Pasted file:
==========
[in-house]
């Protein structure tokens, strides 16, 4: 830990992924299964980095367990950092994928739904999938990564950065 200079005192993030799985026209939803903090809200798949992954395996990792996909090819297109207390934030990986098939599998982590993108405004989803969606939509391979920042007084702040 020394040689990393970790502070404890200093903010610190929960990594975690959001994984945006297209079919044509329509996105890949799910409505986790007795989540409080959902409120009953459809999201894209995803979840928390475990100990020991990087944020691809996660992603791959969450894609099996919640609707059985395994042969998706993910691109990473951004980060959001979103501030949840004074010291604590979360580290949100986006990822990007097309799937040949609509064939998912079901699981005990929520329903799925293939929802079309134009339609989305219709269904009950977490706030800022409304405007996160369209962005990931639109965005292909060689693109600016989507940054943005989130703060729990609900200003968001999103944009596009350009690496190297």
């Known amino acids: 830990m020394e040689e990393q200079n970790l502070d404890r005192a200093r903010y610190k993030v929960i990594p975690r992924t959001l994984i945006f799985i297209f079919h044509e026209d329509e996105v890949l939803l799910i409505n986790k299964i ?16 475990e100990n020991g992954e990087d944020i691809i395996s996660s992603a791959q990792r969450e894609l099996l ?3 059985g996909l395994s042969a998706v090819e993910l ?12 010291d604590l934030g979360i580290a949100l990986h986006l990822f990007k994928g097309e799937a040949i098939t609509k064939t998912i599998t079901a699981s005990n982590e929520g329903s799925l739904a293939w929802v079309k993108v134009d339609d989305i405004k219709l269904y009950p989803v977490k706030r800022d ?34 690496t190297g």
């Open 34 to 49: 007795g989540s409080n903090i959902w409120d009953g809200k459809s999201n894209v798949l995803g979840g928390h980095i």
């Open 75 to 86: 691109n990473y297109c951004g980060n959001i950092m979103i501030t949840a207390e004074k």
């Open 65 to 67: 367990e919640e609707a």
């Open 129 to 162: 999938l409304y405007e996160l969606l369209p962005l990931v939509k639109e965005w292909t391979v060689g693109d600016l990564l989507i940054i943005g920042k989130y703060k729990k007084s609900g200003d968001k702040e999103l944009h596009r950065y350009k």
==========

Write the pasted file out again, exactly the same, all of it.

[in-house]
């Protein structure tokens, strides 16, 4: 830990992924299964980095367990950092994928739904999938990564950065 200079005192993030799985026209939803903090809200798949992954395996990792996909090819297109207390934030990986098939599998982590993108405004989803969606939509391979920042007084702040 020394040689990393970790502070404890200093903010610190929960990594975690959001994984945006297209079919044509329509996105890949799910409505986790007795989540409080959902409120009953459809999201894209995803979840928390475990100990020991990087944020691809996660992603791959969450894609099996919640609707059985395994042969998706993910691109990473951004980060959001979103501030949840004074010291604590979360580290949100986006990822990007097309799937040949609509064939998912079901699981005990929520329903799925293939929802079309134009339609989305219709269904009950977490706030800022409304405007996160369209962005990931639109965005292909060689693109600016989507940054943005989130703060729990609900200003968001999103944009596009350009690496190297």
């Known amino acids: 830990m020394e040689e990393q200079n970790l502070d404890r005192a200093r903010y610190k993030v929960i990594p975690r992924t959001l994984i945006f799985i297209f079919h044509e026209d329509e996105v890949l939803l799910i409505n986790k299964i ?16 475990e100990n020991g992954e990087d944020i691809i395996s996660s992603a791959q990792r969450e894609l099996l ?3 059985g996909l395994s042969a998706v090819e993910l ?12 010291d604590l934030g979360i580290a949100l990986h986006l990822f990007k994928g097309e799937a040949i098939t609509k064939t998912i599998t079901a699981s005990n982590e929520g329903s799925l739904a293939w929802v079309k993108v134009d339609d989305i405004k219709l269904y009950p989803v977490k706030r800022d ?34 690496t190297g």
């Open 34 to 49: 007795g989540s409080n903090i959902w409120d009953g809200k459809s999201n894209v798949l995803g979840g928390h980095i």
């Open 75 to 86: 691109n990473y297109c951004g980060n959001i950092m979103i501030t949840a207390e004074k």
């Open 65 to 67: 367990e919640e609707a």
């Open 129 to 162: 999938l409304y405007e996160l969606l369209p962005l990931v939509k639109e965005w292909t391979v060689g693109d600016l990564l989507i940054i943005g920042k989130y703060k729990k007084s609900g200003d968001k702040e999103l944009h596009r950065y350009k």